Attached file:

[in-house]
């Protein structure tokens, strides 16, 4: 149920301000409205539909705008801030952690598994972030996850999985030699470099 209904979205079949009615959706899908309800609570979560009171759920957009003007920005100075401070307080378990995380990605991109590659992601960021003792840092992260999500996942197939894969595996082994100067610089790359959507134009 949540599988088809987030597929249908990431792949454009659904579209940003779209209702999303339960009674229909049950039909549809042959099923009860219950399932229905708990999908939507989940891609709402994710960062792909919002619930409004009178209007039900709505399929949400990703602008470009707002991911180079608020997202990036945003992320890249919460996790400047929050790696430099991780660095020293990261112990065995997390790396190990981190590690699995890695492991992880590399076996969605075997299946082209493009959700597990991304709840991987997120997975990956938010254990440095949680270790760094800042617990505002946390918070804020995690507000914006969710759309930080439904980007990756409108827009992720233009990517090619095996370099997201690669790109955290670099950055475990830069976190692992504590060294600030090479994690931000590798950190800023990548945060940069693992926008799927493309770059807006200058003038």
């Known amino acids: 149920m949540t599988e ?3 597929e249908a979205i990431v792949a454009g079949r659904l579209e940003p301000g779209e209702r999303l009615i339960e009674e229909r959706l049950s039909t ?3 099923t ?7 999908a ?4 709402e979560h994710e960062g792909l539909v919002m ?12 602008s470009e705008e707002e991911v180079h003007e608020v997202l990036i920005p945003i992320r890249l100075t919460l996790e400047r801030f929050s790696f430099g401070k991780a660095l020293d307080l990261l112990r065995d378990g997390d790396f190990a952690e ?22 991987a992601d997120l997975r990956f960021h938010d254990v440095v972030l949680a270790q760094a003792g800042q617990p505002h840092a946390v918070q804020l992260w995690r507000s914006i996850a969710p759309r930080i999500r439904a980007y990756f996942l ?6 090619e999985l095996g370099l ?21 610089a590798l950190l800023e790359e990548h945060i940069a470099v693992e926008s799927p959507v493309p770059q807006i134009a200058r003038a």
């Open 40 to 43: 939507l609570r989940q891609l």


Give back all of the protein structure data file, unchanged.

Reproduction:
[in-house]
């Protein structure tokens, strides 16, 4: 149920301000409205539909705008801030952690598994972030996850999985030699470099 209904979205079949009615959706899908309800609570979560009171759920957009003007920005100075401070307080378990995380990605991109590659992601960021003792840092992260999500996942197939894969595996082994100067610089790359959507134009 949540599988088809987030597929249908990431792949454009659904579209940003779209209702999303339960009674229909049950039909549809042959099923009860219950399932229905708990999908939507989940891609709402994710960062792909919002619930409004009178209007039900709505399929949400990703602008470009707002991911180079608020997202990036945003992320890249919460996790400047929050790696430099991780660095020293990261112990065995997390790396190990981190590690699995890695492991992880590399076996969605075997299946082209493009959700597990991304709840991987997120997975990956938010254990440095949680270790760094800042617990505002946390918070804020995690507000914006969710759309930080439904980007990756409108827009992720233009990517090619095996370099997201690669790109955290670099950055475990830069976190692992504590060294600030090479994690931000590798950190800023990548945060940069693992926008799927493309770059807006200058003038």
């Known amino acids: 149920m949540t599988e ?3 597929e249908a979205i990431v792949a454009g079949r659904l579209e940003p301000g779209e209702r999303l009615i339960e009674e229909r959706l049950s039909t ?3 099923t ?7 999908a ?4 709402e979560h994710e960062g792909l539909v919002m ?12 602008s470009e705008e707002e991911v180079h003007e608020v997202l990036i920005p945003i992320r890249l100075t919460l996790e400047r801030f929050s790696f430099g401070k991780a660095l020293d307080l990261l112990r065995d378990g997390d790396f190990a952690e ?22 991987a992601d997120l997975r990956f960021h938010d254990v440095v972030l949680a270790q760094a003792g800042q617990p505002h840092a946390v918070q804020l992260w995690r507000s914006i996850a969710p759309r930080i999500r439904a980007y990756f996942l ?6 090619e999985l095996g370099l ?21 610089a590798l950190l800023e790359e990548h945060i940069a470099v693992e926008s799927p959507v493309p770059q807006i134009a200058r003038a």
């Open 40 to 43: 939507l609570r989940q891609l």